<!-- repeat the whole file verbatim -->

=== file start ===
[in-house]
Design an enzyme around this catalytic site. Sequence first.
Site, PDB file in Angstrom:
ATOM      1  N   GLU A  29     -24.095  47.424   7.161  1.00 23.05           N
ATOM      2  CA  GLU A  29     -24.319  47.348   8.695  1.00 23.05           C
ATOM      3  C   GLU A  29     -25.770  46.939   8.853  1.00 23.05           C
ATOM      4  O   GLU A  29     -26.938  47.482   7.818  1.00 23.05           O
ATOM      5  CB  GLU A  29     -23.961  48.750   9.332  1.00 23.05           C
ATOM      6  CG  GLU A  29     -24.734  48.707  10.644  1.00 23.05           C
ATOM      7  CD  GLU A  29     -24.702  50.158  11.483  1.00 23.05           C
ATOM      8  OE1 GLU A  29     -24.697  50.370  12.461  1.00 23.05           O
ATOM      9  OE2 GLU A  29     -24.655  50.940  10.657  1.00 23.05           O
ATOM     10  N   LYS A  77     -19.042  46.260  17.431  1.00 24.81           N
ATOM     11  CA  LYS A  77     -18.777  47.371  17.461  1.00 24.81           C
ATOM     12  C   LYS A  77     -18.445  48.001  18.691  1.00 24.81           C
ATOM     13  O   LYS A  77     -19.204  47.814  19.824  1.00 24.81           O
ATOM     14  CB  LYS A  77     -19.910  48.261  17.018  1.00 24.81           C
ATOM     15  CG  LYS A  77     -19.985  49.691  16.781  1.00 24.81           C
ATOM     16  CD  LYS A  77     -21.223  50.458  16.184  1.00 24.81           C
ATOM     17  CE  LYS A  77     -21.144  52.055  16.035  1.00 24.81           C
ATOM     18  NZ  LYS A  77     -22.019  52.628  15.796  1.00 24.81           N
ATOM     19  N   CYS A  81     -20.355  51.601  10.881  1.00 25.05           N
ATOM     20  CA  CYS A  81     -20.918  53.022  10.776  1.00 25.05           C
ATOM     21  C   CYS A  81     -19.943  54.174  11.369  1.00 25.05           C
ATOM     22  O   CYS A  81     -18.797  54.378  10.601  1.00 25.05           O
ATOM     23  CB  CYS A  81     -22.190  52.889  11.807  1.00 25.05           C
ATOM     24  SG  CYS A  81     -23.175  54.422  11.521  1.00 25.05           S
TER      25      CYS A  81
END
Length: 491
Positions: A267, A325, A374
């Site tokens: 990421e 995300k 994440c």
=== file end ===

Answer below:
[in-house]
Design an enzyme around this catalytic site. Sequence first.
Site, PDB file in Angstrom:
ATOM      1  N   GLU A  29     -24.095  47.424   7.161  1.00 23.05           N
ATOM      2  CA  GLU A  29     -24.319  47.348   8.695  1.00 23.05           C
ATOM      3  C   GLU A  29     -25.770  46.939   8.853  1.00 23.05           C
ATOM      4  O   GLU A  29     -26.938  47.482   7.818  1.00 23.05           O
ATOM      5  CB  GLU A  29     -23.961  48.750   9.332  1.00 23.05           C
ATOM      6  CG  GLU A  29     -24.734  48.707  10.644  1.00 23.05           C
ATOM      7  CD  GLU A  29     -24.702  50.158  11.483  1.00 23.05           C
ATOM      8  OE1 GLU A  29     -24.697  50.370  12.461  1.00 23.05           O
ATOM      9  OE2 GLU A  29     -24.655  50.940  10.657  1.00 23.05           O
ATOM     10  N   LYS A  77     -19.042  46.260  17.431  1.00 24.81           N
ATOM     11  CA  LYS A  77     -18.777  47.371  17.461  1.00 24.81           C
ATOM     12  C   LYS A  77     -18.445  48.001  18.691  1.00 24.81           C
ATOM     13  O   LYS A  77     -19.204  47.814  19.824  1.00 24.81           O
ATOM     14  CB  LYS A  77     -19.910  48.261  17.018  1.00 24.81           C
ATOM     15  CG  LYS A  77     -19.985  49.691  16.781  1.00 24.81           C
ATOM     16  CD  LYS A  77     -21.223  50.458  16.184  1.00 24.81           C
ATOM     17  CE  LYS A  77     -21.144  52.055  16.035  1.00 24.81           C
ATOM     18  NZ  LYS A  77     -22.019  52.628  15.796  1.00 24.81           N
ATOM     19  N   CYS A  81     -20.355  51.601  10.881  1.00 25.05           N
ATOM     20  CA  CYS A  81     -20.918  53.022  10.776  1.00 25.05           C
ATOM     21  C   CYS A  81     -19.943  54.174  11.369  1.00 25.05           C
ATOM     22  O   CYS A  81     -18.797  54.378  10.601  1.00 25.05           O
ATOM     23  CB  CYS A  81     -22.190  52.889  11.807  1.00 25.05           C
ATOM     24  SG  CYS A  81     -23.175  54.422  11.521  1.00 25.05           S
TER      25      CYS A  81
END
Length: 491
Positions: A267, A325, A374
């Site tokens: 990421e 995300k 994440c």